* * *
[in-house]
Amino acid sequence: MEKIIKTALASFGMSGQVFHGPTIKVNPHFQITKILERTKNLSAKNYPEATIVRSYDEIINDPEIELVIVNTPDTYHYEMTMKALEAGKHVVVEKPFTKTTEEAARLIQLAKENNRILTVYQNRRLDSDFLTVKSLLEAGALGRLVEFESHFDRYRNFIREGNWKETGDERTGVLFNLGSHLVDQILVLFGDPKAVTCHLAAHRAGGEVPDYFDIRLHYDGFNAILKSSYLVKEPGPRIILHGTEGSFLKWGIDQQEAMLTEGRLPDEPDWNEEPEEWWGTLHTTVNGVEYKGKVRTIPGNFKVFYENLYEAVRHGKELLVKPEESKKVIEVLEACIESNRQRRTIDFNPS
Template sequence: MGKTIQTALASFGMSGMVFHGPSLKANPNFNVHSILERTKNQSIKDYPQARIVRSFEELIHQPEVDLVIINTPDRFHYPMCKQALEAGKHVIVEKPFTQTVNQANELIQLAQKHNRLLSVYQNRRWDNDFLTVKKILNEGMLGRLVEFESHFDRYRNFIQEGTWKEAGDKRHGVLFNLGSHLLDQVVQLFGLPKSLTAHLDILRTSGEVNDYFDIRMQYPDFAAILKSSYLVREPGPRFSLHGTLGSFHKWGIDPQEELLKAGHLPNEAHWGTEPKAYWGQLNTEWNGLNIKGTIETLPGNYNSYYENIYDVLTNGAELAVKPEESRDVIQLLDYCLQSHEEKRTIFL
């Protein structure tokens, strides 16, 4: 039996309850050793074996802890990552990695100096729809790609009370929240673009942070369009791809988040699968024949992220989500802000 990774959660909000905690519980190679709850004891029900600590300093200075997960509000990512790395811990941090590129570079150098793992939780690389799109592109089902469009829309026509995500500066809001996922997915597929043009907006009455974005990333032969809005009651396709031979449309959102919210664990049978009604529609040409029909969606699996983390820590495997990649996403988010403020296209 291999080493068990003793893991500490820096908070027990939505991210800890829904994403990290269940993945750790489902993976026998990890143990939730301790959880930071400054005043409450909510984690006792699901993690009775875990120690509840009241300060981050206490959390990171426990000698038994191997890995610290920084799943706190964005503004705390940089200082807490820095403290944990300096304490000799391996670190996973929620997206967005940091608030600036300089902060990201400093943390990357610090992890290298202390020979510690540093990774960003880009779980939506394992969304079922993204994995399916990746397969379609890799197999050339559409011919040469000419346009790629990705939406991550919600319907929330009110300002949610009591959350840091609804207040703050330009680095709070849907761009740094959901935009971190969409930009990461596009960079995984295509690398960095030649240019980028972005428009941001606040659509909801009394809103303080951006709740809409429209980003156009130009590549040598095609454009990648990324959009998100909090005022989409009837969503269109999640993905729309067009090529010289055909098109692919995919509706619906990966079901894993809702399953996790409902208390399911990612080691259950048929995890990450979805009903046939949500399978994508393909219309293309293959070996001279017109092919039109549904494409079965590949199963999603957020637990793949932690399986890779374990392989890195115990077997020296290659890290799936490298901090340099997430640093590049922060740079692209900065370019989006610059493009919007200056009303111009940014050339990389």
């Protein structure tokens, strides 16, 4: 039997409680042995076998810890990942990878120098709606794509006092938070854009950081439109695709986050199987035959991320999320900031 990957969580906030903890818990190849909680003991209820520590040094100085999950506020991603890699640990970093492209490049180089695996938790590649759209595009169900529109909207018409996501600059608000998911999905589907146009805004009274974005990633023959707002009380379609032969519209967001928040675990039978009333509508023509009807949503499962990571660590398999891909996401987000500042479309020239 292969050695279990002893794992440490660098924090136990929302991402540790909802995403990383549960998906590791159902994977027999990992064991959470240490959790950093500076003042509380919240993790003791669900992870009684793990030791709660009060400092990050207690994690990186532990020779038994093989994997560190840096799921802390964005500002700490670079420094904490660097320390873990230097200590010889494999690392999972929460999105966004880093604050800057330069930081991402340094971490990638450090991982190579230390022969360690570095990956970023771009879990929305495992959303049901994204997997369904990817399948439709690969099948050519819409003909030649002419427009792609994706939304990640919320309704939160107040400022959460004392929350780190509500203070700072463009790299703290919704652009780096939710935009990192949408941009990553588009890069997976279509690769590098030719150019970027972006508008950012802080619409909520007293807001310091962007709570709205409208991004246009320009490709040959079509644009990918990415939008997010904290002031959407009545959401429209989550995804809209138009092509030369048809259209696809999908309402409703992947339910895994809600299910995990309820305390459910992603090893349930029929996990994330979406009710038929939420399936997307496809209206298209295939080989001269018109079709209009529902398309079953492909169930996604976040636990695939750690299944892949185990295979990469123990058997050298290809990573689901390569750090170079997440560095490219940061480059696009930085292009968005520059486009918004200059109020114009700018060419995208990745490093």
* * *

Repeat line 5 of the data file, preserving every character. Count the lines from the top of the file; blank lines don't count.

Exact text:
């Protein structure tokens, strides 16, 4: 039997409680042995076998810890990942990878120098709606794509006092938070854009950081439109695709986050199987035959991320999320900031 990957969580906030903890818990190849909680003991209820520590040094100085999950506020991603890699640990970093492209490049180089695996938790590649759209595009169900529109909207018409996501600059608000998911999905589907146009805004009274974005990633023959707002009380379609032969519209967001928040675990039978009333509508023509009807949503499962990571660590398999891909996401987000500042479309020239 292969050695279990002893794992440490660098924090136990929302991402540790909802995403990383549960998906590791159902994977027999990992064991959470240490959790950093500076003042509380919240993790003791669900992870009684793990030791709660009060400092990050207690994690990186532990020779038994093989994997560190840096799921802390964005500002700490670079420094904490660097320390873990230097200590010889494999690392999972929460999105966004880093604050800057330069930081991402340094971490990638450090991982190579230390022969360690570095990956970023771009879990929305495992959303049901994204997997369904990817399948439709690969099948050519819409003909030649002419427009792609994706939304990640919320309704939160107040400022959460004392929350780190509500203070700072463009790299703290919704652009780096939710935009990192949408941009990553588009890069997976279509690769590098030719150019970027972006508008950012802080619409909520007293807001310091962007709570709205409208991004246009320009490709040959079509644009990918990415939008997010904290002031959407009545959401429209989550995804809209138009092509030369048809259209696809999908309402409703992947339910895994809600299910995990309820305390459910992603090893349930029929996990994330979406009710038929939420399936997307496809209206298209295939080989001269018109079709209009529902398309079953492909169930996604976040636990695939750690299944892949185990295979990469123990058997050298290809990573689901390569750090170079997440560095490219940061480059696009930085292009968005520059486009918004200059109020114009700018060419995208990745490093």